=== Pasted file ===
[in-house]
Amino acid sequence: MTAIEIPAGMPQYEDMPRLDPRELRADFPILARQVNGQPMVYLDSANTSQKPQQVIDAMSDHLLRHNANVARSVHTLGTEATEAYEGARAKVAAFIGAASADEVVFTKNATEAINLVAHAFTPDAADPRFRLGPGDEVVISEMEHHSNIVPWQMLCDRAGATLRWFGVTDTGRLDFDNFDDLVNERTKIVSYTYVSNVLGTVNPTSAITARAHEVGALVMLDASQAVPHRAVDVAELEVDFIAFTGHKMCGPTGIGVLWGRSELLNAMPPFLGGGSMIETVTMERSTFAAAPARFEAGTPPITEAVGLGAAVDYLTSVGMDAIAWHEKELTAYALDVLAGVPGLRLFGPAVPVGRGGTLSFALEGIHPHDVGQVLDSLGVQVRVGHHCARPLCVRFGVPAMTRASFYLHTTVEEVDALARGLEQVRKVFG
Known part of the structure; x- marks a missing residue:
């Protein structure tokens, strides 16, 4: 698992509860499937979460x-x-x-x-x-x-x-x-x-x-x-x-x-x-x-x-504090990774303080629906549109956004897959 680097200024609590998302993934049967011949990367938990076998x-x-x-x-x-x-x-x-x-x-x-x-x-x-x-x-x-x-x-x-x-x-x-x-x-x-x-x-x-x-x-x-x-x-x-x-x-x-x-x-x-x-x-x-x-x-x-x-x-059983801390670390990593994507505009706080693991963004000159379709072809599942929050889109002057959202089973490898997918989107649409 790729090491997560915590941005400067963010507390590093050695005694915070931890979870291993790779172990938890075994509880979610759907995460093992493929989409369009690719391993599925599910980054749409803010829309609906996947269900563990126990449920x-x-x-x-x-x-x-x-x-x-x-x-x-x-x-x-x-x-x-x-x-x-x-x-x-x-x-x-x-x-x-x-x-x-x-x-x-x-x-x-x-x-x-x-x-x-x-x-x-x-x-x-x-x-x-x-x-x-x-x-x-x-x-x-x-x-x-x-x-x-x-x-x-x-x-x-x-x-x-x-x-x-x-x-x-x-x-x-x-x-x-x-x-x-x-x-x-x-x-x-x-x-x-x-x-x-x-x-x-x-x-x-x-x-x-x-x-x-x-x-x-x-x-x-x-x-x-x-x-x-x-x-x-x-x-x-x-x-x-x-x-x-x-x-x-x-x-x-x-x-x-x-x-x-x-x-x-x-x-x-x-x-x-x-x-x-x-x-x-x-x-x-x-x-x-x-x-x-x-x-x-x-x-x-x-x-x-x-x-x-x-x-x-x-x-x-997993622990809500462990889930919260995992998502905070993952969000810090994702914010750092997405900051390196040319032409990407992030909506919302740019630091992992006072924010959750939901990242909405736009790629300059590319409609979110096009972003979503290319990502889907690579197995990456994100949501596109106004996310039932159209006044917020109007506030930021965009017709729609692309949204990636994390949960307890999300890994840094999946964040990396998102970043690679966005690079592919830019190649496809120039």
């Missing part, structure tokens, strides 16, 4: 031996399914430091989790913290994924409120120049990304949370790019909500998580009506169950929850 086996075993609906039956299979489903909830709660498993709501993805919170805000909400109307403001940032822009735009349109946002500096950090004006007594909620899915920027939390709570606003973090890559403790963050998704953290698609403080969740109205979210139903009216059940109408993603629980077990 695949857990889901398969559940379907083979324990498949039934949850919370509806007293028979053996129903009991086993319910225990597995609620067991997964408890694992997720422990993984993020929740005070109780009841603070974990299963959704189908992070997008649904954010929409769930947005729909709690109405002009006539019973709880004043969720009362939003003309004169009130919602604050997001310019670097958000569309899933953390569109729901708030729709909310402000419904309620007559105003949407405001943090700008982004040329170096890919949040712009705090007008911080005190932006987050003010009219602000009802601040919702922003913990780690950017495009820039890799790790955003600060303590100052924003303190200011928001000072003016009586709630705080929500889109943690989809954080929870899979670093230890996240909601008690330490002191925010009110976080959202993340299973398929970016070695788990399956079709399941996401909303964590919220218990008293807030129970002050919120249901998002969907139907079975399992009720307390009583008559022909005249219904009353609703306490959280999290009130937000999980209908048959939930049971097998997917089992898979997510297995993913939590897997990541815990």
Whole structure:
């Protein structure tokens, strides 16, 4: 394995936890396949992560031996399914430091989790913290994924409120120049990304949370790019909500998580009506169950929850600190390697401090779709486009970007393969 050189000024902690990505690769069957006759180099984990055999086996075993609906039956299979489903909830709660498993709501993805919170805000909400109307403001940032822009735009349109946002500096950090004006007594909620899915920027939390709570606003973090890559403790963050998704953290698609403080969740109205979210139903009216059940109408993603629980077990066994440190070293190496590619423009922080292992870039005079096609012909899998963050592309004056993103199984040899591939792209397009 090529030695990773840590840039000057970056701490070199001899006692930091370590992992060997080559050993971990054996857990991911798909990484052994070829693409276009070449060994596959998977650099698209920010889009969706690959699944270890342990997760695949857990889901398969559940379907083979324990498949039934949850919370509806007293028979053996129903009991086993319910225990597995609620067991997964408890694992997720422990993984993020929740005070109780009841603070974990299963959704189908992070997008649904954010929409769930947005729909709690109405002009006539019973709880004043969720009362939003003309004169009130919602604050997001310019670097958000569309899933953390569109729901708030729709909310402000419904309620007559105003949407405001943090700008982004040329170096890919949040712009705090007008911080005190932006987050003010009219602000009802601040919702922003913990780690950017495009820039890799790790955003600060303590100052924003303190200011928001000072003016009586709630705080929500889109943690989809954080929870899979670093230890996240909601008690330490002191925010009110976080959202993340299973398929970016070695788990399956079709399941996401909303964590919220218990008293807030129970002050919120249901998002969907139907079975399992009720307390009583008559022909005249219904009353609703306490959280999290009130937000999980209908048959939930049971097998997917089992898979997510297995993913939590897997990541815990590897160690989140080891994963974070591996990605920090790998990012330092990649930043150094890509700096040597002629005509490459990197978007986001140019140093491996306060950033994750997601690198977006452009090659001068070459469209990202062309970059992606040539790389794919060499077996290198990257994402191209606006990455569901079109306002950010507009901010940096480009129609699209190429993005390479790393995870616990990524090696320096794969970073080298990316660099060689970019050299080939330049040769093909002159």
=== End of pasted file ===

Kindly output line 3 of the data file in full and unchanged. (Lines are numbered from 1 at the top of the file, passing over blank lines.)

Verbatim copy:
Known part of the structure; x- marks a missing residue: